The Declaration of Independence was approved today on the fourth of July in 1776 by 56 members of the Continental Congress. Benjamin Franklin, John Adams, Thomas Jefferson, Roger Sherman and Robert R. Livingston comprised the Committee of Five that drafted the Declaration. Jefferson, rightly regarded as the strongest, most eloquent writer, drafted most of the document.
John Hancock, President of the Second Continental Congress, was the first signer, and a merchant by trade. In 2014, there were 7.6 million business establishments with paid employees in the U.S.; 1.1 million, like Hancock, were in the retail trade industry. Two future presidents signed, John Adams (second President) and Thomas Jefferson (third President). Both died on the 50th anniversary of signing the Declaration (July 4, 1826). There are 12 counties nationwide named Adams and 26 named Jefferson.
Thirteen colonies with 2.5 million people then embarked on a thus far enduring experiment in self-governance as a sovereign nation. There were some 24,382,182 people back then reporting English ancestry. That was the start of our legacy. Let us renew our faith in their fighting spirit and move – relentlessly – toward more independence after the celebrations are over.
China makes our Fireworks
Parades, baseball games, fireworks and barbecues will mark this Fourth of July holiday, as always, in what are now 50 states with 321.4 million people. Consider here that the value of fireworks imported from China in 2015, representing the bulk of all U.S. fireworks imported was $324.8 million. U.S. exports of fireworks, by comparison, came to just a paltry $12.7 million in 2015, with Singapore purchasing more than any other country at $4.6 million. We can’t even make our own fireworks to celebrate our Independence?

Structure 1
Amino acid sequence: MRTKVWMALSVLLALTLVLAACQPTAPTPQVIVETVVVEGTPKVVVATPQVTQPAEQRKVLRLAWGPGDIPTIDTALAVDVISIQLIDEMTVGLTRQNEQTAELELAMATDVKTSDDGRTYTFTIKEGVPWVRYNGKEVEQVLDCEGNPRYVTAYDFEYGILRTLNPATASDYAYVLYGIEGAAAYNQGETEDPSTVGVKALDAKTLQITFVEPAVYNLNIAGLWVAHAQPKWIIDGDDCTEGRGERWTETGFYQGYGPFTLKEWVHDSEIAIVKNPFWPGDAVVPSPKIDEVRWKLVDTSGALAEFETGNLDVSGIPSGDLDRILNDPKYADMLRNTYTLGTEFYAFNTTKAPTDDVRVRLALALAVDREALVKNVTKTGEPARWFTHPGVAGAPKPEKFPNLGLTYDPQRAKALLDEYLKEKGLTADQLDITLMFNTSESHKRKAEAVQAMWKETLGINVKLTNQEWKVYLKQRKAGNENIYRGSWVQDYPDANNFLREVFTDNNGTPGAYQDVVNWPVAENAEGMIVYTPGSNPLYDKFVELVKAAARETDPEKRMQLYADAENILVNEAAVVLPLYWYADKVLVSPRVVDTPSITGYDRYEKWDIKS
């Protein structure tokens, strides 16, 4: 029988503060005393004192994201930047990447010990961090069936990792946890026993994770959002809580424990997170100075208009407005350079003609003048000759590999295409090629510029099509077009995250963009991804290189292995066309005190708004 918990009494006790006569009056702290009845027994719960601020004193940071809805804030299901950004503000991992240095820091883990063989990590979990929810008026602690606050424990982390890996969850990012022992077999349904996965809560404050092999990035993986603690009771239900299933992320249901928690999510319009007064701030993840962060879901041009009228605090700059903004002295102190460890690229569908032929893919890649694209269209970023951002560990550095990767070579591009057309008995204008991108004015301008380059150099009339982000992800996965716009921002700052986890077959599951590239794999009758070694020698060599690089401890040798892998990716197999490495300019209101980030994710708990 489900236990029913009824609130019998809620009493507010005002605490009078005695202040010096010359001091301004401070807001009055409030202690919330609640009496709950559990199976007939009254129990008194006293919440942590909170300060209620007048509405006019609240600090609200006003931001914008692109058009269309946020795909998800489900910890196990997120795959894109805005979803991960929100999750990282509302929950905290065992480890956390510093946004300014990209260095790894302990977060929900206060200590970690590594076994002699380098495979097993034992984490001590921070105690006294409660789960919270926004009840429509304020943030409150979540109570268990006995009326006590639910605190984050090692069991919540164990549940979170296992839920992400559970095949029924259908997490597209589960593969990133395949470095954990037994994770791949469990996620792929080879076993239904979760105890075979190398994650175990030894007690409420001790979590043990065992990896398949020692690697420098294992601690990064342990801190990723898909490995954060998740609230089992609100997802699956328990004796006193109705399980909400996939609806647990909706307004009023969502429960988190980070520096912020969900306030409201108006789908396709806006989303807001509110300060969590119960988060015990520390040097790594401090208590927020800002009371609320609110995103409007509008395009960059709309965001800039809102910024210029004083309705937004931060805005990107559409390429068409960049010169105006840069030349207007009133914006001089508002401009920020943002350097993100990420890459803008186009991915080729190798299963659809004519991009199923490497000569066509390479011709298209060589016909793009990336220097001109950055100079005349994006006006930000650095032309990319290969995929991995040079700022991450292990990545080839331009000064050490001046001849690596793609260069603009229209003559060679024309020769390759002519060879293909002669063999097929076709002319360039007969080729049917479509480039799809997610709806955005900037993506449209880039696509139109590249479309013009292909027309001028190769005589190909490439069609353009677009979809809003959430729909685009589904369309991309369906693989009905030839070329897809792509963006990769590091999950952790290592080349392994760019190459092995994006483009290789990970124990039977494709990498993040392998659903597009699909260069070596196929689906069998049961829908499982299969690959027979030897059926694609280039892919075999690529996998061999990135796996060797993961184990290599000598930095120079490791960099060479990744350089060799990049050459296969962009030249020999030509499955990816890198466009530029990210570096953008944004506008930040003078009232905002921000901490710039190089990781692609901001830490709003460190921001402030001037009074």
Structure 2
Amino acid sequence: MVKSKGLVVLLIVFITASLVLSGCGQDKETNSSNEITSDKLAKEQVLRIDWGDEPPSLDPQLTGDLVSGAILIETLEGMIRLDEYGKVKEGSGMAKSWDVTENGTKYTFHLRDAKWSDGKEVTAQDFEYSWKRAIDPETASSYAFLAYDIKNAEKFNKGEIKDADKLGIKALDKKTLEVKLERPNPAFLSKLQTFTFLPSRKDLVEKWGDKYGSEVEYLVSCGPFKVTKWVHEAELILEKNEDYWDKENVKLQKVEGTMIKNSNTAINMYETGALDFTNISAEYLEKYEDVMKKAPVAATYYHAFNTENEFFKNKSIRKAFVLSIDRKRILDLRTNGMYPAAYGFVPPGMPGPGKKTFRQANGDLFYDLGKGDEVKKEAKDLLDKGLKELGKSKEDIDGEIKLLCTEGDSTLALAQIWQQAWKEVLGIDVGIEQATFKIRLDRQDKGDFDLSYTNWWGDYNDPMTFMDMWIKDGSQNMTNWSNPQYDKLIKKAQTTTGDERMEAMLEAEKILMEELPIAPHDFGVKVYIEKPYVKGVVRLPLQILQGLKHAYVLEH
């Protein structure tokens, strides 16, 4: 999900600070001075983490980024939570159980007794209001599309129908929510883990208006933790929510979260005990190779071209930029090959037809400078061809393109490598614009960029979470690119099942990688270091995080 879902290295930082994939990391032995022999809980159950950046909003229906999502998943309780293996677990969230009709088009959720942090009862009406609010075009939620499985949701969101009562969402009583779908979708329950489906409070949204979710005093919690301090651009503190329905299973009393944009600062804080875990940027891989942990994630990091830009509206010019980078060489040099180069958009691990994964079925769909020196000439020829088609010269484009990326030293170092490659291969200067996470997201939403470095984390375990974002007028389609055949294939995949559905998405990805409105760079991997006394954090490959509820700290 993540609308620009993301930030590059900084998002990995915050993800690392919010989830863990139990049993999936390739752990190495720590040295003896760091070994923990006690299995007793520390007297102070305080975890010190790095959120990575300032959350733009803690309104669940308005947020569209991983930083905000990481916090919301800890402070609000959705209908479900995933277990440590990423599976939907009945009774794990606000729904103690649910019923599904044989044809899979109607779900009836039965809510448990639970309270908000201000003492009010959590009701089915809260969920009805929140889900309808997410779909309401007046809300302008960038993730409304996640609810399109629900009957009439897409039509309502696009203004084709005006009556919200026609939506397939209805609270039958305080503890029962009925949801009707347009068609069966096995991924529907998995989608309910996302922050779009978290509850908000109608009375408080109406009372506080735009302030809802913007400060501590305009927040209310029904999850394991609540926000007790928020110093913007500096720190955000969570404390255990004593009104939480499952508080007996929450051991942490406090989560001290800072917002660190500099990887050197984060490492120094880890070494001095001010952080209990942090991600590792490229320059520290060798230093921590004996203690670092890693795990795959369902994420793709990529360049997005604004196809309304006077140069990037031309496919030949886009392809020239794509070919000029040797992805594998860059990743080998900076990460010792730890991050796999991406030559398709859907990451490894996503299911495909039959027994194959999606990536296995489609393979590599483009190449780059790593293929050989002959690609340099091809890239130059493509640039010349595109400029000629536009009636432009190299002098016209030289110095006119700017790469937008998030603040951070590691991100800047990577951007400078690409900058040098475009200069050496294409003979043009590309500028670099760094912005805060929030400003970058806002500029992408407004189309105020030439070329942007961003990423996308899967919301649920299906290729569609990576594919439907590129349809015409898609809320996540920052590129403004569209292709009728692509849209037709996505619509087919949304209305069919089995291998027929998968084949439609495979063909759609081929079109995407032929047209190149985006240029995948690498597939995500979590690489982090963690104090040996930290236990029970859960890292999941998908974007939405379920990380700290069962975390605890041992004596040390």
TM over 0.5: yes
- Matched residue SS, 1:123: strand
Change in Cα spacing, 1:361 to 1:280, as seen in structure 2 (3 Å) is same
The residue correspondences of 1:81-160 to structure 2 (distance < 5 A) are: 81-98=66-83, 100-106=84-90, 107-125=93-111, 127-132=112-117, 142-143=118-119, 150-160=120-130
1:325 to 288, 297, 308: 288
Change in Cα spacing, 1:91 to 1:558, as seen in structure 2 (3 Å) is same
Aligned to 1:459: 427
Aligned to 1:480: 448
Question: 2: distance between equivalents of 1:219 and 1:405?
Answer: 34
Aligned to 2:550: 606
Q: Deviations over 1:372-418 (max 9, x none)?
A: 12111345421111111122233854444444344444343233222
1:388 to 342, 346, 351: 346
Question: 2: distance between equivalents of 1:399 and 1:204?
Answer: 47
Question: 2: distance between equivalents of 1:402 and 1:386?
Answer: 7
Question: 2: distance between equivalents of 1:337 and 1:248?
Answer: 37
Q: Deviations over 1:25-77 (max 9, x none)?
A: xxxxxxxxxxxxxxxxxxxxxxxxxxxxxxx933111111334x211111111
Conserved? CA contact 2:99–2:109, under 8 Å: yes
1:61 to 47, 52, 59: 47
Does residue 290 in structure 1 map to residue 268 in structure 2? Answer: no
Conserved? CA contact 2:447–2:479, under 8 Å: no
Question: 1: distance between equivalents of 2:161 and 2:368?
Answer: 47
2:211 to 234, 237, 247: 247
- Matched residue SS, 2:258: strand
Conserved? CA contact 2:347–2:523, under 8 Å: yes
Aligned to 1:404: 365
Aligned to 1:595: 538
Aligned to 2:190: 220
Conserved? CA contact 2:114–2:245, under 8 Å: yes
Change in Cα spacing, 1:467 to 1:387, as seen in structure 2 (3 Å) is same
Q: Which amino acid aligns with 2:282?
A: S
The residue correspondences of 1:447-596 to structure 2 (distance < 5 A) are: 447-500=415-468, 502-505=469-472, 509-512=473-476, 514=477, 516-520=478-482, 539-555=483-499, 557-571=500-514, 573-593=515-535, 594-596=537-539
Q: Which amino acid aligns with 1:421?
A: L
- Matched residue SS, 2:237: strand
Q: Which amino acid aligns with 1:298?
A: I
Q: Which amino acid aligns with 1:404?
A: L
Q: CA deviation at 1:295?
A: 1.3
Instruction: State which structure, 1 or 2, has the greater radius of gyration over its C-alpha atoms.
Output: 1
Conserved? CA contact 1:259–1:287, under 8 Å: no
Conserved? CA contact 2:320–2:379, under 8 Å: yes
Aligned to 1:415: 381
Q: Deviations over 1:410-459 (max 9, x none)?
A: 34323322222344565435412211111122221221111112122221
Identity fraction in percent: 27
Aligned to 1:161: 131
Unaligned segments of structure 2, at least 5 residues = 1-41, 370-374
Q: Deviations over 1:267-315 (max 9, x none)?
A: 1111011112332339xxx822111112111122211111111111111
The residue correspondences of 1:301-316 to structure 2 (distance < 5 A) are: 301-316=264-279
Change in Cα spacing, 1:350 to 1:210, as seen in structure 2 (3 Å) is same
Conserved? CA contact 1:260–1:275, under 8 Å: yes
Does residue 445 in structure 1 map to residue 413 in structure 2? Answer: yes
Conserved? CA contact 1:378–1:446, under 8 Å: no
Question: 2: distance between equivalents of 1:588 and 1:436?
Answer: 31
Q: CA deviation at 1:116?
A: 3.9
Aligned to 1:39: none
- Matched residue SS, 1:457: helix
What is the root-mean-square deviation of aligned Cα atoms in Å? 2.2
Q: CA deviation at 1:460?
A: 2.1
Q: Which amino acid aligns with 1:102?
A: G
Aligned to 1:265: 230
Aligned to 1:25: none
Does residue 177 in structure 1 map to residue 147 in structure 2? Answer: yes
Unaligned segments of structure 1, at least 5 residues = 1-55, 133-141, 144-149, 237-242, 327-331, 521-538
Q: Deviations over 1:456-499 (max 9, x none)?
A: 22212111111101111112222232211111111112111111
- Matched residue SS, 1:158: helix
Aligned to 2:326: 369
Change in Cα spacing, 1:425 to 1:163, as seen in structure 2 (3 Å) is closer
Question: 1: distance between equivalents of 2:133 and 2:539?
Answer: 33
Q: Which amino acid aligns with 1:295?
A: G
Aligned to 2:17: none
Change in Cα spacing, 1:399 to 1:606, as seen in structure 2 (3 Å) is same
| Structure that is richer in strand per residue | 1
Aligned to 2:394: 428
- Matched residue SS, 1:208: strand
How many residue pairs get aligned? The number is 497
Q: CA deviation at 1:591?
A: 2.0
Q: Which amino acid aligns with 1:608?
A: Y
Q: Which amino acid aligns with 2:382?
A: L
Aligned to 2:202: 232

Unfortunately, as a result of political and egregious Supreme Court decisions and our government comprised of craven “pay to play” politicians, we are not as free as we should be given our heritage. We remain dependent on foreign oil from nations that are openly hostile toward us. They would destroy us given the chance. The Republican Congress refuses to allocate the funds needed for the maintenance of the Strategic Petroleum Reserve – a three-month cushion against an oil embargo. This is the largest emergency supply of oil in the world, with the capacity to hold up to 713.5 million barrels. The U.S right now imports nine million barrels of oil a day, much of it coming from the Middle East and OPEC. Some chuckle-heads are even advocating that we sell the oil off!
We continue to support dictatorships with billions in bribes called – I say cynically – “foreign aid.” How about some American aid? We are actually helping the recruiting of terrorists who would kill you and I because of our State Department policy of supporting nations on both sides of an issue. The Middle East is a perfect and timely example: Are we for democracy, or are we standing with despots and dictators?